These numerous expressions of state law counsel against retroactivity in the circumstances of this case. The fact that the Gilbert rule is still invoked -- even after Landgraf -- suggests that the New York courts continue to view it as antithetical to long-held notions of equity and fairness to apply a revised limitations period retroactively to bar an action that was timely when filed. Thus, if forced to confront the potentially faulty assumption that federal due process justifies the continued operation of the rule first announced in Gilbert, the New York Court of Appeals can be expected to preserve that rule -- if need be -- by tieing it explicitly to the due process clause of the state constitution.
II. Merits Of Plaintiffs' Claims
Defendants argue that plaintiffs' claims are substantively deficient. What plaintiffs have identified as malpractice, defendants contend, amounted simply to a series of reasonable decisions by defendants at the time they were made. Moreover, defendants maintain that plaintiffs cannot establish the "but for" causation necessary to sustain their cause of action under either a theory of breach of contract or malpractice. As to the alleged breach of fiduciary duty, relating to the supposed conflict of interest involving defendants and Paul Weiss, defendants argue that there were no actual conflicts, and that plaintiff is again unable to demonstrate causation.
Plaintiffs respond to defendant's motion by cross-moving for summary judgment with respect to two of their claims; i) the alleged malpractice arising out of the failure to present evidence of damages, and ii) the alleged breach of fiduciary duty based upon defendants' conflict of interest. As for their remaining allegations of malpractice, plaintiffs argue broadly -- without any particular discussion of the allegations in the complaint -- that there are triable issues which require that defendants' motion be denied.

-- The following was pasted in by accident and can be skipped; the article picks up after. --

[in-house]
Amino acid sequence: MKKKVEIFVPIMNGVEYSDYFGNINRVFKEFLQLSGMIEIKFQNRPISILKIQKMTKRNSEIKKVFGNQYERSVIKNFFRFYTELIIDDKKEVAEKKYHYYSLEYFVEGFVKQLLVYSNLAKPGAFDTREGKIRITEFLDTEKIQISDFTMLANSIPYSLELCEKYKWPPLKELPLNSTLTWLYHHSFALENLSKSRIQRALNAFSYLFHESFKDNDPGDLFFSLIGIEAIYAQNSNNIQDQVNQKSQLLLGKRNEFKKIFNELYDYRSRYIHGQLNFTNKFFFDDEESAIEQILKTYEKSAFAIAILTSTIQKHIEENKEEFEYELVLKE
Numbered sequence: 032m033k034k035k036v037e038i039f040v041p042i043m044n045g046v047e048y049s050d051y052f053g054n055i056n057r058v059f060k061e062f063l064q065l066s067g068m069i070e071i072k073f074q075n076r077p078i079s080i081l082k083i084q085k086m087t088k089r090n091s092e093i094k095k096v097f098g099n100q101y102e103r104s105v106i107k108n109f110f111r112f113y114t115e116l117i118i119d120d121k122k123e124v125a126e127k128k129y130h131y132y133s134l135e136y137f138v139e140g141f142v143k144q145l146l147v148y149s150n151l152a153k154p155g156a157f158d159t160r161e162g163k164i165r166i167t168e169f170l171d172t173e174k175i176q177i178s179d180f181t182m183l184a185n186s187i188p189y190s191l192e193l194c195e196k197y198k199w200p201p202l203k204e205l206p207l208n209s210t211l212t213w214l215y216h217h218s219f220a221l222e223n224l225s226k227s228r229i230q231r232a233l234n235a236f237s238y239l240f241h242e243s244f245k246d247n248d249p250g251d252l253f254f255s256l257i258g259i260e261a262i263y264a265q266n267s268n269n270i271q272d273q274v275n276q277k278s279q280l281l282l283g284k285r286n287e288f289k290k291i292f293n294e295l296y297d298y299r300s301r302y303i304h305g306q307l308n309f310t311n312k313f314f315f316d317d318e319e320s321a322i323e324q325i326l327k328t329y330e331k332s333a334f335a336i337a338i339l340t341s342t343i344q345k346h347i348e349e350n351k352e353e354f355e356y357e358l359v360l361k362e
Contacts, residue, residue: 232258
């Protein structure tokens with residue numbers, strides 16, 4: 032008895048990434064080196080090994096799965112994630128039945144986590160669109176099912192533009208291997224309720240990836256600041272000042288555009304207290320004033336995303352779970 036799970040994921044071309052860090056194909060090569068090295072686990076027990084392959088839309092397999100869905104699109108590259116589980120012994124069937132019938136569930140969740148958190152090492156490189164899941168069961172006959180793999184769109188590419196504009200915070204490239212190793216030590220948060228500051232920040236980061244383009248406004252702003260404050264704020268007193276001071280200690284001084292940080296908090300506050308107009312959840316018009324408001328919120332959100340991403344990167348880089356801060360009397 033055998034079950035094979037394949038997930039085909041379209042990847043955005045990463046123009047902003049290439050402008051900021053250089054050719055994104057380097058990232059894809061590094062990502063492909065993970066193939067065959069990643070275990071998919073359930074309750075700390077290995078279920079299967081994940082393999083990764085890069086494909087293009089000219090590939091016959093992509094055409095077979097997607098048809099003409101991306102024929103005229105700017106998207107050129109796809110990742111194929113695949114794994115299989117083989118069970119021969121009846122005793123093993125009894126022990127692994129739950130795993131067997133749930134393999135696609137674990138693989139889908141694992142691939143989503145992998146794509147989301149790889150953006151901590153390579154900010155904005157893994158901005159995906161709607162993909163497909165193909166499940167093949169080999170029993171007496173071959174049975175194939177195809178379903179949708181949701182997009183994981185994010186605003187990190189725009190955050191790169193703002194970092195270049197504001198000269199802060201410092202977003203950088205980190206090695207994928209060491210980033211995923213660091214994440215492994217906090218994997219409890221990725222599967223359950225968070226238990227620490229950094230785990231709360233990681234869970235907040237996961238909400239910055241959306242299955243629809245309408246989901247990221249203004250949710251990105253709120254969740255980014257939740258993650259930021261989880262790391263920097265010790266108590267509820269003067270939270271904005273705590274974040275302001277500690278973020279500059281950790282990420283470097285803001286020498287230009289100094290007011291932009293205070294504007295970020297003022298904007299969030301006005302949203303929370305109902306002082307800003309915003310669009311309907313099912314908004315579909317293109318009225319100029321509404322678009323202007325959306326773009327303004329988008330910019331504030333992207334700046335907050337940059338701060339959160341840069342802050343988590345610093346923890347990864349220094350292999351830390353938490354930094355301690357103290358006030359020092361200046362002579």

A. Malpractice & Breach of Contract
To prevail in a claim of legal malpractice, plaintiffs must establish: "(1) the existence of an attorney-client relationship; (2) negligence on the part of the attorney or some other conduct in breach of that relationship; (3) that the attorney's conduct was the proximate cause of injury to the plaintiff; and (4) that but for the alleged malpractice the plaintiff would have been successful in the underlying action." Sloane v. Reich, 1994 U.S. Dist. LEXIS 2851, 1994 WL 88008, *3 (S.D.N.Y. March 11, 1994) (citations omitted); see also L.I.C. Commercial Corp. v. Rosenthal, 202 A.D.2d 644, 609 N.Y.S.2d 301, 302 (2d Dep't 1994) ("It is well settled that a claim of legal malpractice requires proof that the defendant 'failed to exercise that degree of care, skill and diligence commonly possessed and exercised by an ordinary member of the legal community, that such negligence was the proximate cause of the actual damages sustained by the [plaintiff], and that but for the [defendant's] negligence, the [plaintiff] would have been successful in the underlying action'") (citations omitted).
Plaintiffs' breach of contract theory depends upon much the same showing as does their malpractice claim, Plaintiffs are not alleging that defendants guaranteed any particular result in the arbitration. Instead, they are arguing that, by committing "numerous omissions and negligence," defendants failed to meet their contractual obligation to make their best efforts on plaintiffs' behalf. (Am. Comp. P 90.) Plaintiffs' contract and malpractice claims, "therefore, require identical proof of the deviation of the standard of care, causation, and damages." See DaSilva v. Suozzi, English, Cianciulli & Peirez, 165 Misc. 2d 792, 797, 629 N.Y.S.2d 952, 955 (Sup. Ct. Queens County 1995), rev'd on other grounds, 649 N.Y.S.2d 680 (1st Dep't 1996). Thus, whether framing their claim as breach of contract or attorney malpractice, plaintiffs must demonstrate the same thing, that defendants did not perform with the appropriate level of care, and that plaintiffs suffered damages as a result. Id.